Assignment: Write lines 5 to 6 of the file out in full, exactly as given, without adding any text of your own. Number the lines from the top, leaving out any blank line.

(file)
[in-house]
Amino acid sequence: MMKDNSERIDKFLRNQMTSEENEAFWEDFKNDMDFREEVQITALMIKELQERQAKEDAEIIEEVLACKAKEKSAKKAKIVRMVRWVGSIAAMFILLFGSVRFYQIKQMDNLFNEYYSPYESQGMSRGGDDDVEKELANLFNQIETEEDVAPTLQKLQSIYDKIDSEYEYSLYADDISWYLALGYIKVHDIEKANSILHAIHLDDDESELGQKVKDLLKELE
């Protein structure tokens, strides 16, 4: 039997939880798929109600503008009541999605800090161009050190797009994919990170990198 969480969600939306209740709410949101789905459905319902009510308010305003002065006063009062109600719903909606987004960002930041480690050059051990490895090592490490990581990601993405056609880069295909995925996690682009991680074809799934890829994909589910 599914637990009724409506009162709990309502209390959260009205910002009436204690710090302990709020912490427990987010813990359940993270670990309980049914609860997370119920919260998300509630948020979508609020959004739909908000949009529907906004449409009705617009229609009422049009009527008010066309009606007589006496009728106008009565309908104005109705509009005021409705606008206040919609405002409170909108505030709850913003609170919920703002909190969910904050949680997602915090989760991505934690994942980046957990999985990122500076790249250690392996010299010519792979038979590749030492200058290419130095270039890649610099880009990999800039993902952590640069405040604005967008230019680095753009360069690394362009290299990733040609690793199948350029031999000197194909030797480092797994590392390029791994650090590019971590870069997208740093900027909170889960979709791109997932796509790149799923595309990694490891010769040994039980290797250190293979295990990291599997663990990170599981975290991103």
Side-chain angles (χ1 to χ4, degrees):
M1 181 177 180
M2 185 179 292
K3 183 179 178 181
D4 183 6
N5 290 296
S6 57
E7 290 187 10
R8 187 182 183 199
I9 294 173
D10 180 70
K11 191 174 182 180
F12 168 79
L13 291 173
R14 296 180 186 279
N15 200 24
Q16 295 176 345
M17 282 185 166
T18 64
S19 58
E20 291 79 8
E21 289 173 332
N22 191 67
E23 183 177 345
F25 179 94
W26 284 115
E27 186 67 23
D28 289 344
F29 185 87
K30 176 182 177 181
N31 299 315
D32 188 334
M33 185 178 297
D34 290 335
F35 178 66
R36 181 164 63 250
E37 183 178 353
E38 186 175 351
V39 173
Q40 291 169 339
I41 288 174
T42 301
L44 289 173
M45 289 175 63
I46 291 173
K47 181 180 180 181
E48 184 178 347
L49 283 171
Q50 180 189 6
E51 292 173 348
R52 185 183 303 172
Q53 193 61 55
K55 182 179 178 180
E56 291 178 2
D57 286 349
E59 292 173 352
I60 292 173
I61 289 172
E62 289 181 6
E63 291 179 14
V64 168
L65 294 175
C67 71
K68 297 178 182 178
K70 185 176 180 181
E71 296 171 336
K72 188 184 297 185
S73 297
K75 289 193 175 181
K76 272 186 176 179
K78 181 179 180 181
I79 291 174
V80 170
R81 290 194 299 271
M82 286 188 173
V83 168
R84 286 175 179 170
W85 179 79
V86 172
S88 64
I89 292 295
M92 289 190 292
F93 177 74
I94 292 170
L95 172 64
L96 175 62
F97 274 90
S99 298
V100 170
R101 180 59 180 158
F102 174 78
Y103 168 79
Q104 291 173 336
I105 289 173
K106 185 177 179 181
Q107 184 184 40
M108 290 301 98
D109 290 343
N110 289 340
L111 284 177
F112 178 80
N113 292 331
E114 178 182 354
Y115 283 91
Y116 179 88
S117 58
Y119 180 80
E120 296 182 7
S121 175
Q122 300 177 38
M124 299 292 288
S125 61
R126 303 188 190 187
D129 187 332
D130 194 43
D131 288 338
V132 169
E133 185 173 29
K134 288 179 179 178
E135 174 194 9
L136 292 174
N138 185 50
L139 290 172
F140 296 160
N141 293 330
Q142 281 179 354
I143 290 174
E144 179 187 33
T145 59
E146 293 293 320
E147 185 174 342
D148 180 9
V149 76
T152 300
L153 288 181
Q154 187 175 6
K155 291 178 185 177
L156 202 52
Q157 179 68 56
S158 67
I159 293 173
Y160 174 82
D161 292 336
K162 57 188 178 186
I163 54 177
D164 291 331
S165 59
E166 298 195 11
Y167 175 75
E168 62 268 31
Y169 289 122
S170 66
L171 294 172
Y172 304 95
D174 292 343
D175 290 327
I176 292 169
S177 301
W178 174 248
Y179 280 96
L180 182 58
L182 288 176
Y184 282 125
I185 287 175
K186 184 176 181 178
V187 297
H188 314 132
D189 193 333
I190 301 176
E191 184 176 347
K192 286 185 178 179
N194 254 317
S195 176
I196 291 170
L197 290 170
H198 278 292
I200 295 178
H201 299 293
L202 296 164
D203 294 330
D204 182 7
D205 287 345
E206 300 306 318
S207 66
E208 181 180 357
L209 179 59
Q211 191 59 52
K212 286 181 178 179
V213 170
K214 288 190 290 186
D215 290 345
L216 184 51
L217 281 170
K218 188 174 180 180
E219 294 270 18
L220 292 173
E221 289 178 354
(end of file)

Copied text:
M1 181 177 180
M2 185 179 292